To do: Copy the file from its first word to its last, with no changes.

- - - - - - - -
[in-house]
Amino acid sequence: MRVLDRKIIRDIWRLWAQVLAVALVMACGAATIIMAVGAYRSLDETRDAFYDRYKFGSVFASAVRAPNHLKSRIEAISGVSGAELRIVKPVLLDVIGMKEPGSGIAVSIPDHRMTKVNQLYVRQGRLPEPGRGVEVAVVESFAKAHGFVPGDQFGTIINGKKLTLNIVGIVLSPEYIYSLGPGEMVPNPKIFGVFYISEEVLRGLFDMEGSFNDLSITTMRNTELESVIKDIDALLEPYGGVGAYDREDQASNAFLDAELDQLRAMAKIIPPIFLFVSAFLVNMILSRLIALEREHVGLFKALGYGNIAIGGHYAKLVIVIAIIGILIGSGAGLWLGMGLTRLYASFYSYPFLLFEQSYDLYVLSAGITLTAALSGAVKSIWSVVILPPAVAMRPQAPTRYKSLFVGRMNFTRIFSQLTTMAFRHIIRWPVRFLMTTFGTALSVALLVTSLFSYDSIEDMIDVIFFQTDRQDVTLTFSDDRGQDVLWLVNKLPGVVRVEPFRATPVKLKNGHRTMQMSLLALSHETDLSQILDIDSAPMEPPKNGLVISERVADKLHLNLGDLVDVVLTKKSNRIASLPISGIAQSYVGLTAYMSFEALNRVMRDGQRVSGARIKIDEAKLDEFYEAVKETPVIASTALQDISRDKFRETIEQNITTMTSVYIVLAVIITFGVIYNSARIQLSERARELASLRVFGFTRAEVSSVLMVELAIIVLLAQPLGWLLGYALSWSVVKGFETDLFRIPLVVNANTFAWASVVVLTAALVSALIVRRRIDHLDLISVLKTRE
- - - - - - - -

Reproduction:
[in-house]
Amino acid sequence: MRVLDRKIIRDIWRLWAQVLAVALVMACGAATIIMAVGAYRSLDETRDAFYDRYKFGSVFASAVRAPNHLKSRIEAISGVSGAELRIVKPVLLDVIGMKEPGSGIAVSIPDHRMTKVNQLYVRQGRLPEPGRGVEVAVVESFAKAHGFVPGDQFGTIINGKKLTLNIVGIVLSPEYIYSLGPGEMVPNPKIFGVFYISEEVLRGLFDMEGSFNDLSITTMRNTELESVIKDIDALLEPYGGVGAYDREDQASNAFLDAELDQLRAMAKIIPPIFLFVSAFLVNMILSRLIALEREHVGLFKALGYGNIAIGGHYAKLVIVIAIIGILIGSGAGLWLGMGLTRLYASFYSYPFLLFEQSYDLYVLSAGITLTAALSGAVKSIWSVVILPPAVAMRPQAPTRYKSLFVGRMNFTRIFSQLTTMAFRHIIRWPVRFLMTTFGTALSVALLVTSLFSYDSIEDMIDVIFFQTDRQDVTLTFSDDRGQDVLWLVNKLPGVVRVEPFRATPVKLKNGHRTMQMSLLALSHETDLSQILDIDSAPMEPPKNGLVISERVADKLHLNLGDLVDVVLTKKSNRIASLPISGIAQSYVGLTAYMSFEALNRVMRDGQRVSGARIKIDEAKLDEFYEAVKETPVIASTALQDISRDKFRETIEQNITTMTSVYIVLAVIITFGVIYNSARIQLSERARELASLRVFGFTRAEVSSVLMVELAIIVLLAQPLGWLLGYALSWSVVKGFETDLFRIPLVVNANTFAWASVVVLTAALVSALIVRRRIDHLDLISVLKTRE